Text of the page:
If only John Wanamaker could see us now. Once upon a time, the early U.S. marketing pioneer famously said: “Half my advertising is wasted, I just don't know which half.”
But that was then; Wanamaker died almost a century ago. Now technology means marketers need never be in the dark about their results or their efficiency.
This power to truly correlate cause and effect is an offer only to those who can read the signals and speak the language. Modern marketing means learning to think like an engineer.
Business is changing, and marketing is no different. Our trade has long been deemed a creative discipline, one in which soft skills ruled and liberal arts graduates made hay whilst writing copy, designing brochures or drafting emails.
But marketing, at its most effective, is now a technical role. Simply understanding advertising auctions, plus producing a creative guaranteed to engage an audience, is a quest for performance to conversion, and then optimizing on those results. Conventional marketing now is really all about using tools — analytics to optimize user flows, click tracking to understand user behavior, and so on.
But the change doesn’t stop there. We now have reams of data at our fingertips with which to perform far more analysis. Instead of launching a product campaign based solely off of some research and competitive analysis, we can now test market segments, analyze results and optimize for conversions early on.
This is where learning to speak the language is about more than simply knowing your way around AdWords. The biggest emerging trend that I see is marketing can have a much bigger role in product development — and that means conversing with, understanding and often leading engineers and developers.
When a company builds a new product or service, it is essential there is a good product-market fit. Building a product without adequately testing the market is the road to waste, so understanding the competitive landscape and diving deep to identify the pain points that should inform a product solution … these are the tasks that are to be fulfilled by modern marketing.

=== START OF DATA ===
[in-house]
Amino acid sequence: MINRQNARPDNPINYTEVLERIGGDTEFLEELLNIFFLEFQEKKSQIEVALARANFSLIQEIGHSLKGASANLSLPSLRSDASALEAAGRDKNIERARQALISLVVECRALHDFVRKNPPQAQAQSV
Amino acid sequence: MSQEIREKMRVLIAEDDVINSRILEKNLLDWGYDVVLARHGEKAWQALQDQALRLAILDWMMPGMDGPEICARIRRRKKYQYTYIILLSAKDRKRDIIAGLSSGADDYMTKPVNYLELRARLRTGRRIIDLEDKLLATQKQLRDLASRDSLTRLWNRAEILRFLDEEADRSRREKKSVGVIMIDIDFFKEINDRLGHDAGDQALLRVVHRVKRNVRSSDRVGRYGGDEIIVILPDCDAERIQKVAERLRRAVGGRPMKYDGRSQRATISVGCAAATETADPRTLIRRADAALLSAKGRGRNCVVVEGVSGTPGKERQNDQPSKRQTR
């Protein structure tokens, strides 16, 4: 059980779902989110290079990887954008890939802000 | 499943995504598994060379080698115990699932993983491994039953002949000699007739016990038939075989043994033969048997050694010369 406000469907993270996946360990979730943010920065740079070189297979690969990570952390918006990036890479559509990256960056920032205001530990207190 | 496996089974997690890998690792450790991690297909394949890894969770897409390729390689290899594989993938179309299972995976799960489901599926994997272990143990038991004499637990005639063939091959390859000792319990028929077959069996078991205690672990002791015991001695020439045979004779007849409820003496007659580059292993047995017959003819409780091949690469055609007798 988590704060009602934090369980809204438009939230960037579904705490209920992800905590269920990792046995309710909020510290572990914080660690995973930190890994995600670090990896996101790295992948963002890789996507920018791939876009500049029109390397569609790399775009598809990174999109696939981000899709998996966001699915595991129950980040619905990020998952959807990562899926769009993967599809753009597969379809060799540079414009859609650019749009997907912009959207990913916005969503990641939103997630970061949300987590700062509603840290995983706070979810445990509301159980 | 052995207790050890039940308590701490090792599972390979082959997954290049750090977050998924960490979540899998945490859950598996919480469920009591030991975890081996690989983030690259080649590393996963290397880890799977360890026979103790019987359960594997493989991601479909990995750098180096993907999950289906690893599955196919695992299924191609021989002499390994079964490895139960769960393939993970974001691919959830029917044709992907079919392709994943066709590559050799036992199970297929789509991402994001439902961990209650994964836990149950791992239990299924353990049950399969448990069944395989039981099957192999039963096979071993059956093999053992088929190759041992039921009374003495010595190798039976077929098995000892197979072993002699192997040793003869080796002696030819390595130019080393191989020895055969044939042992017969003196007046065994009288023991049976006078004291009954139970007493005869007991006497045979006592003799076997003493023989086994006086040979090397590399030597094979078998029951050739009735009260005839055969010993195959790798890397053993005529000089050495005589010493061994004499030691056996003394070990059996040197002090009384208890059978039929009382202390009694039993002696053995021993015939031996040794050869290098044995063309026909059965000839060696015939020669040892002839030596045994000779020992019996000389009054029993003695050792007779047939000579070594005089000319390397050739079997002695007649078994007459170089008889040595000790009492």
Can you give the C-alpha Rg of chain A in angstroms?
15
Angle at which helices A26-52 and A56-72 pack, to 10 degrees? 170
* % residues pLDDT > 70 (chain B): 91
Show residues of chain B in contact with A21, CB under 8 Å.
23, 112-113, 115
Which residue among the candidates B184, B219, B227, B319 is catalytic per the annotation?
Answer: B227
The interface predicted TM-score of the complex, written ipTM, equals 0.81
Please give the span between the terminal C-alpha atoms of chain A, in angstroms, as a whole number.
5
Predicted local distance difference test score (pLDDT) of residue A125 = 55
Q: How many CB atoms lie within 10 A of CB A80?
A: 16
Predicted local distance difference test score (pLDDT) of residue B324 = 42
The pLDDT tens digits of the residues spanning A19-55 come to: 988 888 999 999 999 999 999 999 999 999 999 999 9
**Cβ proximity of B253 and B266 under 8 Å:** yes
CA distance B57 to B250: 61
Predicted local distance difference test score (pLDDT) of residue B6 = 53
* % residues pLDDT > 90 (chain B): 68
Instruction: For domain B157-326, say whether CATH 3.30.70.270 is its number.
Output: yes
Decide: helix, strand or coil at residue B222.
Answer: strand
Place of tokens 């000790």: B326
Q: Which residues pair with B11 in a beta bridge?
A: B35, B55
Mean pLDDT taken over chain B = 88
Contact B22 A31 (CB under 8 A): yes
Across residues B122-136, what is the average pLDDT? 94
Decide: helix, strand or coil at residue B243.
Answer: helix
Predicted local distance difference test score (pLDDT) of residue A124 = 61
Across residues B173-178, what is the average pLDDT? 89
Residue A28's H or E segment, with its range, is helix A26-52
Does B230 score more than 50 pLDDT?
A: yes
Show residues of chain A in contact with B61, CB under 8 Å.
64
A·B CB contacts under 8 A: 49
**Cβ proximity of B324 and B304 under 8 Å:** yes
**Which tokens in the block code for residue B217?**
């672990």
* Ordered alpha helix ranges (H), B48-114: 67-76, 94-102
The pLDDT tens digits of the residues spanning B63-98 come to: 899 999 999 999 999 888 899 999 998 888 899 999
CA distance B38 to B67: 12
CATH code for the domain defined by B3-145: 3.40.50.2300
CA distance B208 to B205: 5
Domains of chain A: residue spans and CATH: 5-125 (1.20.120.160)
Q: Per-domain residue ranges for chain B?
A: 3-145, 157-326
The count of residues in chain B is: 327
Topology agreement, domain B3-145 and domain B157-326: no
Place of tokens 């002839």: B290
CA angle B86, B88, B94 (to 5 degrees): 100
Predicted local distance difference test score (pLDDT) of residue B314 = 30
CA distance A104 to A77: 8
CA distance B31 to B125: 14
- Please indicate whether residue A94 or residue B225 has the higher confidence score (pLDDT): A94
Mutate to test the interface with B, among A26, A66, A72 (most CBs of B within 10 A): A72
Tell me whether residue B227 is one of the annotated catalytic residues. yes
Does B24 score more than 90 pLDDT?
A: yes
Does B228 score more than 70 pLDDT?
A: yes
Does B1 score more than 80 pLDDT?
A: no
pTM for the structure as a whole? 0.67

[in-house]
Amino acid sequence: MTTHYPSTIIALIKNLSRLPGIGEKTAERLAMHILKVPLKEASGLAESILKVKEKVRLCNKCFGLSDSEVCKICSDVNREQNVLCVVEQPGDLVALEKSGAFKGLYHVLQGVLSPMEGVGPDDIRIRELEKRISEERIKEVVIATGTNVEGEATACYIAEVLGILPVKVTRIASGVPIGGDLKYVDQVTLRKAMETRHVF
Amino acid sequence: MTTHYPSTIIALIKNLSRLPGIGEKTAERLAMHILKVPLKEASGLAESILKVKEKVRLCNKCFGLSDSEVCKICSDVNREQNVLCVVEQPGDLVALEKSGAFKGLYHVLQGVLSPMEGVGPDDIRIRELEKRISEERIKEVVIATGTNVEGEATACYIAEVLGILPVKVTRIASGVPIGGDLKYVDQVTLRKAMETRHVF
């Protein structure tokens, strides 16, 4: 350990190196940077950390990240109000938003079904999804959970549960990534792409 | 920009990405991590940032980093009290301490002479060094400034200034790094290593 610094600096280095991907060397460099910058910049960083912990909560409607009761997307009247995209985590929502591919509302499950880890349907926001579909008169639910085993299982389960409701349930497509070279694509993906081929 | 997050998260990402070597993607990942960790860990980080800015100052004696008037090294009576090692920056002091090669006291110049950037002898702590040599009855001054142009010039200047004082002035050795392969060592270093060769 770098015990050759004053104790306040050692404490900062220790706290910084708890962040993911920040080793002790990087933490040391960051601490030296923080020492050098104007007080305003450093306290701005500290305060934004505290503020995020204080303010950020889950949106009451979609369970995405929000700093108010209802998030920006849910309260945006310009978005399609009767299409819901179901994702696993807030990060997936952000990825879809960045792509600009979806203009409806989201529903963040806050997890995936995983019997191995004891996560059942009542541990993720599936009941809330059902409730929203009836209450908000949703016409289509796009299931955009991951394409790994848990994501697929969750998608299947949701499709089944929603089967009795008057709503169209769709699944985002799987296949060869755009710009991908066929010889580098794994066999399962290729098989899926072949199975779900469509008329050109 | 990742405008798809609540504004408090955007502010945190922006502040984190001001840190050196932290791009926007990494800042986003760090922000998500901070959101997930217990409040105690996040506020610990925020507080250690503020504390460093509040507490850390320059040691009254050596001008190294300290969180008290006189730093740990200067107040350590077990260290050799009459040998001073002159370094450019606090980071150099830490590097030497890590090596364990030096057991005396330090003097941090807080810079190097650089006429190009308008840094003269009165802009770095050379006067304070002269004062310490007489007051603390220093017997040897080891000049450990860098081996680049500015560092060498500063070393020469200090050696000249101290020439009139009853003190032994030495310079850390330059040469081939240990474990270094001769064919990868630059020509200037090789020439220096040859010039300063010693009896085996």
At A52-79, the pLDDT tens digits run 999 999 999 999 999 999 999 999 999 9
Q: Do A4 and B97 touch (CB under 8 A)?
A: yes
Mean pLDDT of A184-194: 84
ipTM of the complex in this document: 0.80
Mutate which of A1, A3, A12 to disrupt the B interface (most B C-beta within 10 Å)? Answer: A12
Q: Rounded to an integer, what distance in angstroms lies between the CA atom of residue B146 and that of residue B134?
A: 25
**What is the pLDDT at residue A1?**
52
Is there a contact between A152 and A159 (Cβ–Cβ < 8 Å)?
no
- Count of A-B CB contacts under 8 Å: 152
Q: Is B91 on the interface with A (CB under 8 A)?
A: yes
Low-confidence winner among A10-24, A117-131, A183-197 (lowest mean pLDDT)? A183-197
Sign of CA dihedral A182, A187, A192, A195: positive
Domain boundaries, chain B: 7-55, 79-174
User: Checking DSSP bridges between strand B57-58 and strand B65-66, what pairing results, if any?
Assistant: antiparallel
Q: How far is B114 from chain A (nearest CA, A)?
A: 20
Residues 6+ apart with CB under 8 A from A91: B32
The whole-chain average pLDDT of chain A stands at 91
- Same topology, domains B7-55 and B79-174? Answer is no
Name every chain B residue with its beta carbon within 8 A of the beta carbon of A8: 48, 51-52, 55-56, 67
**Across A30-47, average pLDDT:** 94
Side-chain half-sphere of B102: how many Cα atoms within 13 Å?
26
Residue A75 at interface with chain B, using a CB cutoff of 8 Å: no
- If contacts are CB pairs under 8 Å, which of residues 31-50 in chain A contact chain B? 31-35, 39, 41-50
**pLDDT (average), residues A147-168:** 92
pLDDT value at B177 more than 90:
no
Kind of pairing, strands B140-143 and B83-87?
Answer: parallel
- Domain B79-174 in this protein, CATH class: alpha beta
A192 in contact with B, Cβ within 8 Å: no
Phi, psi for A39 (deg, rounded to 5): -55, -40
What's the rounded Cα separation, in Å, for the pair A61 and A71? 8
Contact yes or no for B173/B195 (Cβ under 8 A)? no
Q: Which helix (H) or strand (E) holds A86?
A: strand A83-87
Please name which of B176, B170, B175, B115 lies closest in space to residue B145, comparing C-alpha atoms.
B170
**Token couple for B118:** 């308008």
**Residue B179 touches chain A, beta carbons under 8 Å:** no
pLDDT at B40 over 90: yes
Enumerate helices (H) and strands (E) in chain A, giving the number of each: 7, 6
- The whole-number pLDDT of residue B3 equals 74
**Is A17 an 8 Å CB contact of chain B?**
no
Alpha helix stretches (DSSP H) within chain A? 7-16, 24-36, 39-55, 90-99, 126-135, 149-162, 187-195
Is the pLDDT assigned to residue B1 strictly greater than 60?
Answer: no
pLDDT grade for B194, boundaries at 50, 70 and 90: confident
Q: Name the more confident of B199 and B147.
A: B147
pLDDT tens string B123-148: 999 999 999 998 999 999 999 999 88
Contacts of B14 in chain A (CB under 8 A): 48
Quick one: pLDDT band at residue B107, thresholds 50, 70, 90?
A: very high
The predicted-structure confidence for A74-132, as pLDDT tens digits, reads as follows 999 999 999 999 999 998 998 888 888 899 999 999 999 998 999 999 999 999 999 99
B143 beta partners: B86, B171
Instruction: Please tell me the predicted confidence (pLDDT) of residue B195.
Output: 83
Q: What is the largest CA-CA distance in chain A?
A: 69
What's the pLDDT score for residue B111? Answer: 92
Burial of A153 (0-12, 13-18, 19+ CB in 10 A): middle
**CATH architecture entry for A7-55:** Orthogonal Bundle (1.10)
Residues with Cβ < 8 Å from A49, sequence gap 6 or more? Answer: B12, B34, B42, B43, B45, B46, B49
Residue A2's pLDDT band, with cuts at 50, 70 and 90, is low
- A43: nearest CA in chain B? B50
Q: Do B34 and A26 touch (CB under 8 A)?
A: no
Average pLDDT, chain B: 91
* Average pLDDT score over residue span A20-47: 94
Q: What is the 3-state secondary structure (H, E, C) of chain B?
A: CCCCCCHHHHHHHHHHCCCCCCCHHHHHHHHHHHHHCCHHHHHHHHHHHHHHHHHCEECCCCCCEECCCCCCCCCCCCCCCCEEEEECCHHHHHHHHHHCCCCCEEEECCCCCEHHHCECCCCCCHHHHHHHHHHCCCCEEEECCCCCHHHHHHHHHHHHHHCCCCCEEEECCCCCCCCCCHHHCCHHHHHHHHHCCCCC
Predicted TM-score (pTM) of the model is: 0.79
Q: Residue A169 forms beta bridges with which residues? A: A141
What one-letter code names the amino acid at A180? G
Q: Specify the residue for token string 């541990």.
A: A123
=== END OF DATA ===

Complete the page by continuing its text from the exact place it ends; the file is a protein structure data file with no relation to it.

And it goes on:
This is an inversion of the way many of us commonly think of the practice. Until now, marketers have been handed a finished product and compelled to use creativity, to communicate word of its existence far and wide. Developers have ruled the roost, confident in the provenance of their product.
But marketing a product that doesn’t fit an actual customer need is a waste of time and money — all the creative communication in the world won’t seal the deal.
It is a problem that can be obviated by collecting and analyzing data before a product launches, as well as mid-flight, so that you have time to optimize or pivot before you begin.
This is why marketing must move up its own funnel, if you will. In short, why the marketer must walk, talk and think more like an engineer.
Informing product development decisions with marketing-grade certainty means being in engineering meetings, sitting beside developers, informing their roadmap and having the knowledge required to make the recommendations that light the way to necessary iteration. And it means fighting for your role as the evidential basis on which those decisions are taken.
Marketers have come a long way, and the role will continue to evolve. Attendance in these early stages of product development, before the product needs to be sold, offers up a more informed view of its offering.